Y Khoa & Health
Grocery Smarts: Right vs. Wrong Food Choices at the Supermarket
Popcorn or Potato Chips?
If you're looking for low-fat snack ideas, should you choose popcorn or potato chips for movie night? Reach for the popcorn, as long as it's the right kind. Popcorn is loaded with whole-grain fiber and it is naturally low in fat. Just keep it that way by munching on the air-popped variety. Slathering popcorn in butter will up the fat and calorie intake.
Compared to plain popcorn, potato chips cooked in oil are high in fat and calories. Add garlic salt or herbs to your popcorn to punch up the flavor quotient. Most people in the US do not get enough fiber every day. Add air-popped popcorn as a high-fiber low-fat snack.
Granola or Bran Cereal?
Looking for something low in fat to eat for breakfast? It's bran cereal for the win. While granola provides whole grains and fiber, it's often high in fat and calories and it may contain added sugar. It's best to reserve granola as a topper for yogurt or a bowl of fruit.
Choose whole-grain bran cereal instead, which supplies a good amount of fiber and some protein, too. Pick a sugar-free variety to keep carb intake down. Adding skim milk will make bran cereal a high protein snack that's low in fat.
Ice Cream or Sherbet?
Should you choose ice cream or sherbet to cool off on a hot summer day? Make it a sherbet. Traditional ice cream is high in saturated fat and calories. You can enjoy the same amount of sherbet for less than 50 percent of the calories found in the same serving size of ice cream. Sherbet also contains approximately 80 percent less fat and 40 percent less sugar compared to the same serving size of ice cream. Sorbet, frozen yogurt, and light ice cream are other low fat snack ideas that are better for you fat and calorie wise compared to traditional ice cream.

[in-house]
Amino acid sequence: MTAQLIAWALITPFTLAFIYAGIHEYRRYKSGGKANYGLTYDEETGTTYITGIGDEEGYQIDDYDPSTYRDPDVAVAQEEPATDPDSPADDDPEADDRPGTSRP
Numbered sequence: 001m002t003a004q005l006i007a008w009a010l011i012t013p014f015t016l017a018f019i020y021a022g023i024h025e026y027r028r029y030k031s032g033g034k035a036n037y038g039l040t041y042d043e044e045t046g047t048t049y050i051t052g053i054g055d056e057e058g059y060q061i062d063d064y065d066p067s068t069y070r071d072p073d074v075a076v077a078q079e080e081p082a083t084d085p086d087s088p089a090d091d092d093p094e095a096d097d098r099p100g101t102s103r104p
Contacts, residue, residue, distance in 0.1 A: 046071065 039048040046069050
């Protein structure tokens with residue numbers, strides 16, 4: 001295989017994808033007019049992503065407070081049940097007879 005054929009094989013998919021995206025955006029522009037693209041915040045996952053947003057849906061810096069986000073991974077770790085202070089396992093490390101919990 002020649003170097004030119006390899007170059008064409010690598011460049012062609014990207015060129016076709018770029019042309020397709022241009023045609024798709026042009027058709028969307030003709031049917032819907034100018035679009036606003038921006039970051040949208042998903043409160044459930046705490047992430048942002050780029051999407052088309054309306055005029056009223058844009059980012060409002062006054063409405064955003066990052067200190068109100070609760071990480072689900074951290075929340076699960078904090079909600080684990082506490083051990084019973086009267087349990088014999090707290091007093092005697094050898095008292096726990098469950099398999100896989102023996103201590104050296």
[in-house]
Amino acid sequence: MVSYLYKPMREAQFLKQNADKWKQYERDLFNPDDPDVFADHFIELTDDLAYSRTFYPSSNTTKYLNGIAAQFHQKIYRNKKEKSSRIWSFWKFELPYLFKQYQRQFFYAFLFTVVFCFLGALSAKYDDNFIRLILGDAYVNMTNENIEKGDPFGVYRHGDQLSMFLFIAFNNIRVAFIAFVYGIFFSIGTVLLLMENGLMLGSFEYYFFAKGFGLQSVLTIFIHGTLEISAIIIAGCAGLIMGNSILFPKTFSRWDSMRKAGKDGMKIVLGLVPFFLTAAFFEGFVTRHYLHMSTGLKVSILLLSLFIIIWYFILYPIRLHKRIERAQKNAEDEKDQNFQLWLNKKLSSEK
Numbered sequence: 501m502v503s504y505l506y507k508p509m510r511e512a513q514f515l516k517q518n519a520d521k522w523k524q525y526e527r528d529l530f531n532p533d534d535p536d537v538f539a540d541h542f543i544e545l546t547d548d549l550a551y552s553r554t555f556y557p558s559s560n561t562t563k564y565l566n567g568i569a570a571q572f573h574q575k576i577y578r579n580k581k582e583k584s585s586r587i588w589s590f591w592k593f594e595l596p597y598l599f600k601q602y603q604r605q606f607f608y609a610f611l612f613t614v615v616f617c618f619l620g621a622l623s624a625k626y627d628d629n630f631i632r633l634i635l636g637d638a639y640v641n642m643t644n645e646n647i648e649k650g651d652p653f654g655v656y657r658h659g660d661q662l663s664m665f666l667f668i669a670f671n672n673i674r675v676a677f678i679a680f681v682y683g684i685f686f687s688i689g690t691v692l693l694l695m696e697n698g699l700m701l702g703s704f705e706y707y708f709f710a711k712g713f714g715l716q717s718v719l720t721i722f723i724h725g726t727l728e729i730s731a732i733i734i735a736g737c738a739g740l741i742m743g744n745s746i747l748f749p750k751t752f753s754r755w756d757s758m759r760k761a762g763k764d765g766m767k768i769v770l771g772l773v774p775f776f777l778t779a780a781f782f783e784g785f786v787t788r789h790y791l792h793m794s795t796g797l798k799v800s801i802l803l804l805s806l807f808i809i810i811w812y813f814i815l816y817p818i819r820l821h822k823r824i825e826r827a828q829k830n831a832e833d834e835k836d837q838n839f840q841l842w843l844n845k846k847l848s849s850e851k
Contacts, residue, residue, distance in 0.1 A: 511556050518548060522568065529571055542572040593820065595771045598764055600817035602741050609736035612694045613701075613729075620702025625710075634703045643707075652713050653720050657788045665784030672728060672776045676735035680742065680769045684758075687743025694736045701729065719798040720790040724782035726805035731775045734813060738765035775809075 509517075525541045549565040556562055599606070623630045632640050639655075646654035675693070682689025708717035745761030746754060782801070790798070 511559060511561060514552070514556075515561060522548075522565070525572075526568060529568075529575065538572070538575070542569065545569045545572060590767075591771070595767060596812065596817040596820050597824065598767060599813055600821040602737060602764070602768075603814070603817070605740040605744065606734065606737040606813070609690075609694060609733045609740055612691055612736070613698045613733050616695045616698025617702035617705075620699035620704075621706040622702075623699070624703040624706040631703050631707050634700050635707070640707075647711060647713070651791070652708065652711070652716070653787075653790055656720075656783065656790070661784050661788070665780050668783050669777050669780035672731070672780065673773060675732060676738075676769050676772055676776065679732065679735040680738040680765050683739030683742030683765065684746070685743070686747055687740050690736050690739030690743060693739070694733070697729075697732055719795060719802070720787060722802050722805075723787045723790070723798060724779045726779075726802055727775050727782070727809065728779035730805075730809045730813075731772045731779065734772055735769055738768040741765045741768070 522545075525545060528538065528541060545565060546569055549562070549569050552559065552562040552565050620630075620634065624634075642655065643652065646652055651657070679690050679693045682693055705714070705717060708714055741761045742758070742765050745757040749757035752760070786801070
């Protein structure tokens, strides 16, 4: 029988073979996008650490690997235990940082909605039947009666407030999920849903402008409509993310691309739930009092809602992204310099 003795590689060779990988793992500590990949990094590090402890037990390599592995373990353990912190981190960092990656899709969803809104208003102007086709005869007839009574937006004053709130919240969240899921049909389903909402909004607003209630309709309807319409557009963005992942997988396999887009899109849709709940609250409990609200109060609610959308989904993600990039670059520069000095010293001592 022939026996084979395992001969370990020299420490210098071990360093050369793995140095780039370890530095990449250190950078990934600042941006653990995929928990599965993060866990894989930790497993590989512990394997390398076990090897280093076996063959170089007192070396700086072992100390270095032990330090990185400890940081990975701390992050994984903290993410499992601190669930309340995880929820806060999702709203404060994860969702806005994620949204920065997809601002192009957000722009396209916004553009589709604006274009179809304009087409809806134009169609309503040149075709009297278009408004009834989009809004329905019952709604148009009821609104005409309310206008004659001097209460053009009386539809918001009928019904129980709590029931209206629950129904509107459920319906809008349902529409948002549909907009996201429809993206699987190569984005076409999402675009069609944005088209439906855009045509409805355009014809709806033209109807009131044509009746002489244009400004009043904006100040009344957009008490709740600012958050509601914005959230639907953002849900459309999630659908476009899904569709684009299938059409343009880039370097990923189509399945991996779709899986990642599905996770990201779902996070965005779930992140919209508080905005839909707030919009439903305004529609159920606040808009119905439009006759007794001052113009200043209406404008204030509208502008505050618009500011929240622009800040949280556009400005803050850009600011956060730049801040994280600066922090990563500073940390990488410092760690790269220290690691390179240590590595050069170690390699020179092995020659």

Topping Your Pizza
Traditional pizza piled high with cheese, sausage, and pepperoni is high in fat, calories, and salt. But you can prepare it in a healthier way to make it a low-fat snack. Top your pizza with a sprinkle of low-fat cheese or use a soy-based cheese substitute. Use veggies as toppings instead of sausage and pepperoni to up the flavor and decrease the fat. Garlic, bell peppers, olives, spinach, tomatoes, artichokes, zucchini, red onion, tomatoes, eggplant, and basil are a few options. Limit your potion to one or two slices to avoid going overboard on the carbs from the pizza crust.
Cheese Dip or Hummus?
Hummus is the selection of choice! Cheese sauce is notoriously high in saturated fat and calories that will show up on your waistline. Dip chips into hummus instead, which is made from high-fiber chickpeas. The legumes are also high in protein making hummus a high protein low-fat snack.
Instead of chips, you can dip cucumber slices, carrot sticks, or celery into hummus for a low-carb, low-fat snack. If you want something more like a chip, reach for baked pita chips, which are lower in fat compared to traditional chips cooked in oil.
Healthy Living: Few Top Health Questions Answered
Should I Go Gluten-Free?
Only if you have celiac disease, when gluten (a protein in grains) damages your small intestine. Experts no longer think gluten causes rashes, stomachaches, or weight gain in people without the disease. It can't hurt to skip gluten-rich foods like cookies and white bread. But don't ditch whole grains unless your doctor says to. They fill you up and are full of healthy nutrients.
Is a Daily Glass of Wine Healthy?
Not for everyone. Small amounts of alcohol may stave off heart disease, and lower the odds of stroke and diabetes, too. But heavy drinking ups your chances for liver and heart damage, plus breast, colon, and other cancers. If you don't drink, don't start. If you do, limit yourself to one drink a day if you’re a woman, or two if you're a man.
Are Short Workouts Worth It?